Most likely one of the torsion springs broke. When that happens they drop like a rock. If it had been one of the cables that broke it would have simply got all jacked cockeyed in the tracks. I used to work on doors in a former life, but doors just never excited me. As for those hydraulic doors, I know nothing about them, but I'd be really surprised if the cylinders that lift and support those doors did not have holding valves on the cylinders or at the very least a velocity fuse on the extend pressure port.
     
  12. Mobiltech

    Mobiltech Senior Member

    Joined:
    Jan 15, 2014
    Messages:
    1,247
    Occupation:
    Self employed Heavy duty mechanic
    Location:
    Sask.
    I guess that's why all the safety guys in shops around here have put up signs warning against ever walking through an overhead door. You must always use the man doors even if it means walking another 50 ft to get outside.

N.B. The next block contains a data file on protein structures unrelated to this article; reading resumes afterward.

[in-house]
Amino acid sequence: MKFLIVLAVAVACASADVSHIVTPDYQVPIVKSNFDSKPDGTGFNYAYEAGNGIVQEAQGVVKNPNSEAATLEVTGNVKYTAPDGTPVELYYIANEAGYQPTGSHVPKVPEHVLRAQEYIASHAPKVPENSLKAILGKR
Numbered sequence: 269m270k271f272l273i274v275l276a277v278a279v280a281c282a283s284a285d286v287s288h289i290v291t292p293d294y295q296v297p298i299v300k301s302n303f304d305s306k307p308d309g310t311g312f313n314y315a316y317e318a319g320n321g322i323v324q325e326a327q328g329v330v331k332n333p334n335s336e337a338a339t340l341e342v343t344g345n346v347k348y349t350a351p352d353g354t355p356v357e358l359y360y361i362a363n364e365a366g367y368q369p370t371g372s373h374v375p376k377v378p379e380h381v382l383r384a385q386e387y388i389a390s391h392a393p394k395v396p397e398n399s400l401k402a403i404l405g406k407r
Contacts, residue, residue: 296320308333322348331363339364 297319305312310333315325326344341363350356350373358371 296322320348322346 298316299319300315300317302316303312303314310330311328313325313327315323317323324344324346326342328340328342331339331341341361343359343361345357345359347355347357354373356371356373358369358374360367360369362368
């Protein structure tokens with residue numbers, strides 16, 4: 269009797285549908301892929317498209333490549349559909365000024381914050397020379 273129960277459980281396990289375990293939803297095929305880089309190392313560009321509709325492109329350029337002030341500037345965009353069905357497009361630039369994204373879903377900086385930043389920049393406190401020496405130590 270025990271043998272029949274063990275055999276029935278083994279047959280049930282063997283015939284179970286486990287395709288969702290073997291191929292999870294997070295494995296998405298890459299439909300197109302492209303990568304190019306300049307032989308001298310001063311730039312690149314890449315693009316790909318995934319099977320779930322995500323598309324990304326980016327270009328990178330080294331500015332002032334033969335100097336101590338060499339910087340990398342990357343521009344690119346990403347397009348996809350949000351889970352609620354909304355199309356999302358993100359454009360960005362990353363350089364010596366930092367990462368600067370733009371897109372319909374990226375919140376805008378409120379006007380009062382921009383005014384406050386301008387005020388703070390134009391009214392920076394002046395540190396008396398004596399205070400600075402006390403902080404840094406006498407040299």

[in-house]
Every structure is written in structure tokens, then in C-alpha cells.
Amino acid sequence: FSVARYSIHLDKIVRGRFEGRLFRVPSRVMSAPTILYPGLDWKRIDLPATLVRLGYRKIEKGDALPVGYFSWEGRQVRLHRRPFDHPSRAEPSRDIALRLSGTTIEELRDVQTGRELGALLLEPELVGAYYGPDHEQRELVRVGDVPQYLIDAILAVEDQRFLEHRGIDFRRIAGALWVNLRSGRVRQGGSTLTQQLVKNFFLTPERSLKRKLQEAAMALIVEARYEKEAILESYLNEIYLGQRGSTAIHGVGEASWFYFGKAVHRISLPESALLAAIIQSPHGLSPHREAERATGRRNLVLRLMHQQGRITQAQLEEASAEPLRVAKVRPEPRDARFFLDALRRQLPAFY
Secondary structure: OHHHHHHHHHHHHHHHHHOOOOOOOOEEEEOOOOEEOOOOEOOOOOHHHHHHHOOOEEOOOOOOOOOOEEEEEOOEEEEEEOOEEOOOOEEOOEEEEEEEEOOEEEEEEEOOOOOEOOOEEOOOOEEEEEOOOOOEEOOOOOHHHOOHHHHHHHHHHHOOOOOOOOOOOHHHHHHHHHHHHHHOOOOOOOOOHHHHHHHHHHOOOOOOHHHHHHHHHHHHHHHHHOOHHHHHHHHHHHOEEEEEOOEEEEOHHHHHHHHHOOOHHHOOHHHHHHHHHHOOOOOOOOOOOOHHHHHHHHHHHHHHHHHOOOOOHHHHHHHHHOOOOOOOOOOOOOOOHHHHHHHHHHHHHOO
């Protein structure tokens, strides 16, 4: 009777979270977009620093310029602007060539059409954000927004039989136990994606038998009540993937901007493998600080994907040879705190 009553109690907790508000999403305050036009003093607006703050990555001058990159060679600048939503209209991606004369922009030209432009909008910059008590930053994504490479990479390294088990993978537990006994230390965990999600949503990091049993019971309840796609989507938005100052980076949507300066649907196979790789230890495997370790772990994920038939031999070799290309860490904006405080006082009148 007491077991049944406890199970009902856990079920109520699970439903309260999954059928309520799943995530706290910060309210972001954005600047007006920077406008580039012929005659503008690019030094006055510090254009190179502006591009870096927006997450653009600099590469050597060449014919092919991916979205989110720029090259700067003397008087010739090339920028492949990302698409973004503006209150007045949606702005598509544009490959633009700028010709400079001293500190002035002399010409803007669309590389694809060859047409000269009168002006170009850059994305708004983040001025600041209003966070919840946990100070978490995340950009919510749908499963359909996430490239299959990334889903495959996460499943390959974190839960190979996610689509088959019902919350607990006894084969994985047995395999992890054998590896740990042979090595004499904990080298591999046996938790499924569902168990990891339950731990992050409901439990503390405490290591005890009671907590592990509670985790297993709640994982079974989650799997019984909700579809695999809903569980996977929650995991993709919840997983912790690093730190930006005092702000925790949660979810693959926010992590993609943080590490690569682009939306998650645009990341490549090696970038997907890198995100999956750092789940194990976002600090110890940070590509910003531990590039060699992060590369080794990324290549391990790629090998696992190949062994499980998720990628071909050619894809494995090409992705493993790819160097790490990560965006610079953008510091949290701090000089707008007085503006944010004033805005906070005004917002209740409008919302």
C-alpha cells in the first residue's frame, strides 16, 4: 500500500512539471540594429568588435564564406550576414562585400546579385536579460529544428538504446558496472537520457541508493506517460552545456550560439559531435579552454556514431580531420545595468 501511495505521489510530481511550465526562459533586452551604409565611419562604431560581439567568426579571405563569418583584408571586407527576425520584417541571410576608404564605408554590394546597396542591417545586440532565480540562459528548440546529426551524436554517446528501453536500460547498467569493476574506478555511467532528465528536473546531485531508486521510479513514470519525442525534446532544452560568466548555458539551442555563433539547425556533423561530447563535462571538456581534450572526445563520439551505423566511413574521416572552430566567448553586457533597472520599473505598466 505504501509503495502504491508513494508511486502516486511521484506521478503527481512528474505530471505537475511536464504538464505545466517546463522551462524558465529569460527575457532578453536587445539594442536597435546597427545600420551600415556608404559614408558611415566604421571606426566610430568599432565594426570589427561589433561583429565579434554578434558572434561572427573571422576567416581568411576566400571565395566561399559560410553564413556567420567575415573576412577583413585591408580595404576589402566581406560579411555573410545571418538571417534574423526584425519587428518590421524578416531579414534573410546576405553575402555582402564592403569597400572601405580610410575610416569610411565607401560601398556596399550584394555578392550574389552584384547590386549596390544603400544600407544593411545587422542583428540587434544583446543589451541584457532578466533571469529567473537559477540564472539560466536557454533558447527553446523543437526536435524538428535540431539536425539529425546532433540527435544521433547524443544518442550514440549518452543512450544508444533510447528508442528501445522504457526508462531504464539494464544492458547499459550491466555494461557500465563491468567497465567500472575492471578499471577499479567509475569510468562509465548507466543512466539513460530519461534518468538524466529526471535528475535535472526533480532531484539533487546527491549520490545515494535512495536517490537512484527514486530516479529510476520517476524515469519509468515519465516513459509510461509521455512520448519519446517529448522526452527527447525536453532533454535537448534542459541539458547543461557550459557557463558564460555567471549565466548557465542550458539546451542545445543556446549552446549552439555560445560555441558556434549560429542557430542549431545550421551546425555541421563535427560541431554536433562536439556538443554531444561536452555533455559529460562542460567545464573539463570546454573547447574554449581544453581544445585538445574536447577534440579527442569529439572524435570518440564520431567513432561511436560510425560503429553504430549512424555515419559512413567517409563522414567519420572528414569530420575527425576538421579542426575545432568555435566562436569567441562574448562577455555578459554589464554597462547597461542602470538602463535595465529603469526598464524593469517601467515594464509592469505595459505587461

13. willie59

    willie59 Super Moderator

    Joined:
    Dec 21, 2008
    Messages:
    12,690
    Occupation:
    Service Manager
    Location:
    Knoxville TN
    I can't and won't argue with even overkill of safety, not in a position to do that, nevertheless it is rather overkill from cautioning someone from walking under an overhead sectional or roll up door when it's in the fully raised position. In that position the torsion springs have very very little tension on them, the chances of a spring breaking in that position is about even with winning the powerball lottery. But as the door is coming down, that's when the springs begin to tension to counterbalance the weight of the door, say half way down to fully closed, that's when they'll snap, and it happens in a hurry, faster than you can react.